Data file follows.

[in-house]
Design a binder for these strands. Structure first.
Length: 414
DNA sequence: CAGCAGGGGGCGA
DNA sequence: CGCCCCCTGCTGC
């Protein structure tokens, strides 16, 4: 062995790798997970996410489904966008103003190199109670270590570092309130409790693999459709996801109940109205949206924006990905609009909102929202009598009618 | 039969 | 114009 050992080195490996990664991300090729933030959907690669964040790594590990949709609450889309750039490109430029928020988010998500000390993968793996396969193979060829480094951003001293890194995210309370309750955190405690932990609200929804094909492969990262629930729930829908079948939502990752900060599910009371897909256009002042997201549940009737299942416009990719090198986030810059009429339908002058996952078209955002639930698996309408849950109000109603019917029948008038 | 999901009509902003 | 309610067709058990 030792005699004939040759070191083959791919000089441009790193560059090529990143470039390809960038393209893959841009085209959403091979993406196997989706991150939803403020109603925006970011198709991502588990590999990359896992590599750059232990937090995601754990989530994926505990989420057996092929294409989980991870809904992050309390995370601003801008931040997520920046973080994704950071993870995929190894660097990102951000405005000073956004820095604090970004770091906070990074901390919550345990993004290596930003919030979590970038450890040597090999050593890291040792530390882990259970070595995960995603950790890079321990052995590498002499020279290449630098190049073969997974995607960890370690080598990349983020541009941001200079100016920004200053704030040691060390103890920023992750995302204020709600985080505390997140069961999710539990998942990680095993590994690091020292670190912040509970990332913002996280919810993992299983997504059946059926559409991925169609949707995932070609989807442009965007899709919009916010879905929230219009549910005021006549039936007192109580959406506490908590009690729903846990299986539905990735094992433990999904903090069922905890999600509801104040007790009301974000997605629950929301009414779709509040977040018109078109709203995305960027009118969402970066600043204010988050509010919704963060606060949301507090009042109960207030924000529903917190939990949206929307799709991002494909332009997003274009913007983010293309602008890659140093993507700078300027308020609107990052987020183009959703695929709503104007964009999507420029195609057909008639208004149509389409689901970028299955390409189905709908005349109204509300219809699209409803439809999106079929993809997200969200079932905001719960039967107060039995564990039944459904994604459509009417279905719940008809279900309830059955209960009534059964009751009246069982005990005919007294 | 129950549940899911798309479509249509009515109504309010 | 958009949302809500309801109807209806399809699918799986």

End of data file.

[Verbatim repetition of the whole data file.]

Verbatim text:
[in-house]
Design a binder for these strands. Structure first.
Length: 414
DNA sequence: CAGCAGGGGGCGA
DNA sequence: CGCCCCCTGCTGC
């Protein structure tokens, strides 16, 4: 062995790798997970996410489904966008103003190199109670270590570092309130409790693999459709996801109940109205949206924006990905609009909102929202009598009618 | 039969 | 114009 050992080195490996990664991300090729933030959907690669964040790594590990949709609450889309750039490109430029928020988010998500000390993968793996396969193979060829480094951003001293890194995210309370309750955190405690932990609200929804094909492969990262629930729930829908079948939502990752900060599910009371897909256009002042997201549940009737299942416009990719090198986030810059009429339908002058996952078209955002639930698996309408849950109000109603019917029948008038 | 999901009509902003 | 309610067709058990 030792005699004939040759070191083959791919000089441009790193560059090529990143470039390809960038393209893959841009085209959403091979993406196997989706991150939803403020109603925006970011198709991502588990590999990359896992590599750059232990937090995601754990989530994926505990989420057996092929294409989980991870809904992050309390995370601003801008931040997520920046973080994704950071993870995929190894660097990102951000405005000073956004820095604090970004770091906070990074901390919550345990993004290596930003919030979590970038450890040597090999050593890291040792530390882990259970070595995960995603950790890079321990052995590498002499020279290449630098190049073969997974995607960890370690080598990349983020541009941001200079100016920004200053704030040691060390103890920023992750995302204020709600985080505390997140069961999710539990998942990680095993590994690091020292670190912040509970990332913002996280919810993992299983997504059946059926559409991925169609949707995932070609989807442009965007899709919009916010879905929230219009549910005021006549039936007192109580959406506490908590009690729903846990299986539905990735094992433990999904903090069922905890999600509801104040007790009301974000997605629950929301009414779709509040977040018109078109709203995305960027009118969402970066600043204010988050509010919704963060606060949301507090009042109960207030924000529903917190939990949206929307799709991002494909332009997003274009913007983010293309602008890659140093993507700078300027308020609107990052987020183009959703695929709503104007964009999507420029195609057909008639208004149509389409689901970028299955390409189905709908005349109204509300219809699209409803439809999106079929993809997200969200079932905001719960039967107060039995564990039944459904994604459509009417279905719940008809279900309830059955209960009534059964009751009246069982005990005919007294 | 129950549940899911798309479509249509009515109504309010 | 958009949302809500309801109807209806399809699918799986």